By Luminous Jannamike – Abuja
Christian Association of Nigeria, CAN, has said it will stop complaining about religious persecution in the country only when all Nigerians perceive that rule of law, fairness, and social justice were allowed in the country.
The umbrella Christian body stated this in a press release by its National Director, Legal and Public Affairs, Evang. Kwamkur Samuel, on Saturday, in Abuja.
According to CAN, discriminatory policies of the government not only ran foul of democratic norms but were a form of persecution.
It, therefore, called on President Muhammadu Buhari to allow the Constitution to guide his administration in all its policies and operations.
The press release reads, “The country belongs to all Nigerians irrespective of their religious and tribal persuasions and any policy that is discriminatory is nothing but persecution.
“We call on President Buhari to be fair to all Nigerians. We would stop complaining when we see a just society where the rule of law, fairness, and social justice are allowed.
“When the President released Col Sambo Dasuki and Omoyele Sowore, we hailed him despite the fact that Dasuki is a devout Muslim.
“We want those still languishing in detention after a court granted them bail to be released forthwith.
“Let genuine democracy work in Nigeria and every Nigerian given sense of belonging through inclusive opportunities.”
Reacting further to the claim by Sultan of Sokoto, Alh. Sa’ad Abubakar III, that there was no case of Christian persecution in the country, the Christian group reiterated that the revered Muslim leader was wrong.
CAN added that it would have been better if the monarch remained quiet the way he did when large numbers of Christians were killed by marauding herdsmen in Southern Kaduna, Benue, Plateau, Adamawa and Taraba states.
“We respect the Sultan very much but what he said requires a response in order to put things right.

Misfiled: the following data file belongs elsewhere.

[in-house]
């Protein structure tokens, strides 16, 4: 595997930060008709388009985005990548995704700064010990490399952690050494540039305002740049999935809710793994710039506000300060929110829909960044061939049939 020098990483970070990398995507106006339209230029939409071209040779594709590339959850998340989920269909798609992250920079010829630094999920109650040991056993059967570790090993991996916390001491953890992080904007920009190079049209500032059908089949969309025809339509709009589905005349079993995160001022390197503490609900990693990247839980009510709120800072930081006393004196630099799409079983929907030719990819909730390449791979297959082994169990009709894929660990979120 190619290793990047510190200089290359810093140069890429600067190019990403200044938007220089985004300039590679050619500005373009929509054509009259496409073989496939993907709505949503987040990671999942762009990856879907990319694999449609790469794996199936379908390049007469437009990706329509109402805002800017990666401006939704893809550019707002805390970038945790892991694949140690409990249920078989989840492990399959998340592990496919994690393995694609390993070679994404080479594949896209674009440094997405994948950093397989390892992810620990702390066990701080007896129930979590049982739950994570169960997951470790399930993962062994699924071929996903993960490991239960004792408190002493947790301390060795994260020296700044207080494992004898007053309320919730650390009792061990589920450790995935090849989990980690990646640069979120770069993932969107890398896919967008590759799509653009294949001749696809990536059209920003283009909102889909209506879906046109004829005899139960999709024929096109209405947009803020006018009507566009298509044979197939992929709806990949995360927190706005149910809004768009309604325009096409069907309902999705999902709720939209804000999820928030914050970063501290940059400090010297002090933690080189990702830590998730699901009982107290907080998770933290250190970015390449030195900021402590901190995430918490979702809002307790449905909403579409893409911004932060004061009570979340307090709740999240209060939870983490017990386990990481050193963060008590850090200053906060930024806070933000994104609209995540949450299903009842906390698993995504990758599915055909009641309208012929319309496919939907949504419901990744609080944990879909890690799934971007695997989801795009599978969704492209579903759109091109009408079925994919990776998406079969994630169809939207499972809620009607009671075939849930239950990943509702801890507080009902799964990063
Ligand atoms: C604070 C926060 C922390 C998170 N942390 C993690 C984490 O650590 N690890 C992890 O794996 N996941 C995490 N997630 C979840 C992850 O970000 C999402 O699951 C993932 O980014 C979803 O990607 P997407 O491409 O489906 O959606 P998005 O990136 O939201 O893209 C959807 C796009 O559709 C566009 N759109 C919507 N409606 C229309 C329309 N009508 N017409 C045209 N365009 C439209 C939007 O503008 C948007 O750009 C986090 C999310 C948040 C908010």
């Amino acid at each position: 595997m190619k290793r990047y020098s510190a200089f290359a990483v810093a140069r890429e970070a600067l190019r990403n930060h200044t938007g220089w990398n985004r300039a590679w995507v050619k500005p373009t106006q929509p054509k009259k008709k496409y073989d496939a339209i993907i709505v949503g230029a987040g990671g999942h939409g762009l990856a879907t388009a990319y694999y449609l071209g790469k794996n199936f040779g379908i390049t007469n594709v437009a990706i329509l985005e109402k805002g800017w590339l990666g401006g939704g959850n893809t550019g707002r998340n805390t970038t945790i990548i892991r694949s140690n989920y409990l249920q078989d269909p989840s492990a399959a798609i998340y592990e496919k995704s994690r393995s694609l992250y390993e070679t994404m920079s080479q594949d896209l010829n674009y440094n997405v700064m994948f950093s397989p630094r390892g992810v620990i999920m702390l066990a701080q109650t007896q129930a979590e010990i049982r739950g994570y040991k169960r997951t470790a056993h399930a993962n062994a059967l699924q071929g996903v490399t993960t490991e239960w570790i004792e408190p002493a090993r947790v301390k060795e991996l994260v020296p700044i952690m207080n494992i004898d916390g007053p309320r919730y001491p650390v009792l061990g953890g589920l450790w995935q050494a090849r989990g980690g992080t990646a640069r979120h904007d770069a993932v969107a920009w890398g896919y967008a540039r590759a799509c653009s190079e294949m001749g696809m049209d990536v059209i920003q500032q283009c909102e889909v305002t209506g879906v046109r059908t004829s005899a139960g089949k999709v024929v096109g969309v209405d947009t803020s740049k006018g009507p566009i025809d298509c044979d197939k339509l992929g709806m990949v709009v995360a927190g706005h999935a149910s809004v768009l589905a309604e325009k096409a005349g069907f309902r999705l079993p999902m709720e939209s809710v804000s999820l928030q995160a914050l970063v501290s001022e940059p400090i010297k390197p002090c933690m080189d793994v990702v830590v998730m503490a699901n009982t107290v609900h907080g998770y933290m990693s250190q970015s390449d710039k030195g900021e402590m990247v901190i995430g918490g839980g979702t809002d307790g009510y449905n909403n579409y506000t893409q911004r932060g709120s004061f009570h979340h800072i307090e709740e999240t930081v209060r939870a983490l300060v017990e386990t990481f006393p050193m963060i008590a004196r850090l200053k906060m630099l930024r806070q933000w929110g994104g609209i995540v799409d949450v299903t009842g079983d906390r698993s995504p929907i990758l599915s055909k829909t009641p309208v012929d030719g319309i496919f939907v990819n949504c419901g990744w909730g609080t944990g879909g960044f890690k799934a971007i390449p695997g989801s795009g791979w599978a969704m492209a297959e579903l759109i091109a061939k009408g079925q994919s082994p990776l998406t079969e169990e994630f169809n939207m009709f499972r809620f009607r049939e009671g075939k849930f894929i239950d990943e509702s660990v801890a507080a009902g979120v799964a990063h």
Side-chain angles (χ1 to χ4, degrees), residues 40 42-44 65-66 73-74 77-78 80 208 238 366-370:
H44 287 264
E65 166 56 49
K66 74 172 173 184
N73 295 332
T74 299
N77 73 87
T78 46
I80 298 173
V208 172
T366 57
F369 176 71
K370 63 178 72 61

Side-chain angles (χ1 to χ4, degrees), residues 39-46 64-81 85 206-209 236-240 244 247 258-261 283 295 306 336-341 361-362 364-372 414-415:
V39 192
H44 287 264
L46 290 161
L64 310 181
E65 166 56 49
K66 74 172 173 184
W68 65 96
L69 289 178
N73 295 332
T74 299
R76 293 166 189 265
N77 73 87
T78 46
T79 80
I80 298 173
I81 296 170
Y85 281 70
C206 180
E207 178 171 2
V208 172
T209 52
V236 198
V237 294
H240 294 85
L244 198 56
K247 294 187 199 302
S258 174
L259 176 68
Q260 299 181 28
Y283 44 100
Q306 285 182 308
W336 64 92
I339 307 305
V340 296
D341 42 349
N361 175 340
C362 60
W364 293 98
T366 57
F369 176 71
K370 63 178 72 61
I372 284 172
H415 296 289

“It is an insult and insensitivity for anyone to be claiming that the unprecedented persecution which victims are well known did not occur. It is also an act of disrespect to the dead.
“We are happy that the Sultan did not fault our claim that there were unprecedented killings in those areas. Maybe the security agencies would have helped us to unmask the culprits and their religion if they had not appeared powerless while the killings lasted.
“It is reprehensible that to date, those who killed our brothers and sisters after raping and maiming them for weeks are still at large as if they were spirits.
“On the observation made by His eminence that if there have been cases of Christian persecution in the country we would have raised it at the Nigerian Inter-Religious Council (NIREC), where the leadership of both religions meet, we wonder why the Sultan too could not come to NIREC to fault our position instead of using the public forum.
“The Sultan should not pretend as if he was unaware of several times we had gone to President Muhammadu Buhari to complain about systematic and deliberate killings of our brothers and sisters and the need for the killers to be brought to book and the killings stopped to no avail.
“The fact that we are meeting at NIREC does not mean that all is well. We believe that having dialogues with our Muslim counterparts can reduce the tension in the land if there is sincerity.
“As long as a highly placed traditional ruler who is also the head of the Muslims in the country is denying the obvious then we are not surprised that other Muslim groups talk in the same vein.
“The government to whom we had complained about the plight of our people in the hands of over-zealous Muslims who said they were fighting Jihad was not convincing enough to show us that the action was not deliberate. We as well complained about lopsided appointments, especially the security chiefs which has not been addressed until today.”